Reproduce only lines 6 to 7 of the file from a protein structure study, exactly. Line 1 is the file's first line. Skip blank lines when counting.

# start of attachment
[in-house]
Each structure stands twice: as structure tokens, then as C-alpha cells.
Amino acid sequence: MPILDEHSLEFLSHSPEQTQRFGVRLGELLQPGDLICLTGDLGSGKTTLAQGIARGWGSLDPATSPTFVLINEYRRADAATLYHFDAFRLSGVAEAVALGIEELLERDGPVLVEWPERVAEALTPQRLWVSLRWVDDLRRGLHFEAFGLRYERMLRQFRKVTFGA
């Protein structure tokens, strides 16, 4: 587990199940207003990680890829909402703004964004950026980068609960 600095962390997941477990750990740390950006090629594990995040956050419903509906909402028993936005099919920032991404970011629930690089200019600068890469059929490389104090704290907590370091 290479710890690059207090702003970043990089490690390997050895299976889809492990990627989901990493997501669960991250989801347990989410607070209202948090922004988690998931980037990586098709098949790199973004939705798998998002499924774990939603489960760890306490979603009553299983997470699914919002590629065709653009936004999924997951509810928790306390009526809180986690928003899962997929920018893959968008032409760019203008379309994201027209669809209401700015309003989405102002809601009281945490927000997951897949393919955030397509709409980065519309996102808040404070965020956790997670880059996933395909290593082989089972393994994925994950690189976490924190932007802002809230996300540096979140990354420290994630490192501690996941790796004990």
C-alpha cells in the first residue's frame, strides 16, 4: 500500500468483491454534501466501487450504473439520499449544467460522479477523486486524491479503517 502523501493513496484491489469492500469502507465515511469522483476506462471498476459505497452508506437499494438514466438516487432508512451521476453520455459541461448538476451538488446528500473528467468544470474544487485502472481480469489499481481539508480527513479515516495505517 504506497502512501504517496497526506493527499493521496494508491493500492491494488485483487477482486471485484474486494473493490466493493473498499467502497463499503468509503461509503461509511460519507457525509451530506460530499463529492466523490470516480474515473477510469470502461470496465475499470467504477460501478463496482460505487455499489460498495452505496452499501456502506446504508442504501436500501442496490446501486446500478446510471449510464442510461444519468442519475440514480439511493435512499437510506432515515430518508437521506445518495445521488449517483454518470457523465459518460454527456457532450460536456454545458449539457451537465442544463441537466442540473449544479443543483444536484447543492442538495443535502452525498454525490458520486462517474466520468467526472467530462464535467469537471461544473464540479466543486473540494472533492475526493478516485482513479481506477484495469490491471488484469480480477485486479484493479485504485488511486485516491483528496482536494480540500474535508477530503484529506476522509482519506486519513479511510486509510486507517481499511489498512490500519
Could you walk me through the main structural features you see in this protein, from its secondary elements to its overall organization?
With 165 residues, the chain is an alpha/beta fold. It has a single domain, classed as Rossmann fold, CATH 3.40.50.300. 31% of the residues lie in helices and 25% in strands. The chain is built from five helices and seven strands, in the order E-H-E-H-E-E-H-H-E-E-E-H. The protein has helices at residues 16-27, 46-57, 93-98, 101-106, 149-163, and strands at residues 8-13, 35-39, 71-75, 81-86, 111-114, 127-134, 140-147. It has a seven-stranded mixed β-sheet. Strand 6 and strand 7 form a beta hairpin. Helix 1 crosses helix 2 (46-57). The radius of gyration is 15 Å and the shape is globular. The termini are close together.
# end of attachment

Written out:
Could you walk me through the main structural features you see in this protein, from its secondary elements to its overall organization?
With 165 residues, the chain is an alpha/beta fold. It has a single domain, classed as Rossmann fold, CATH 3.40.50.300. 31% of the residues lie in helices and 25% in strands. The chain is built from five helices and seven strands, in the order E-H-E-H-E-E-H-H-E-E-E-H. The protein has helices at residues 16-27, 46-57, 93-98, 101-106, 149-163, and strands at residues 8-13, 35-39, 71-75, 81-86, 111-114, 127-134, 140-147. It has a seven-stranded mixed β-sheet. Strand 6 and strand 7 form a beta hairpin. Helix 1 crosses helix 2 (46-57). The radius of gyration is 15 Å and the shape is globular. The termini are close together.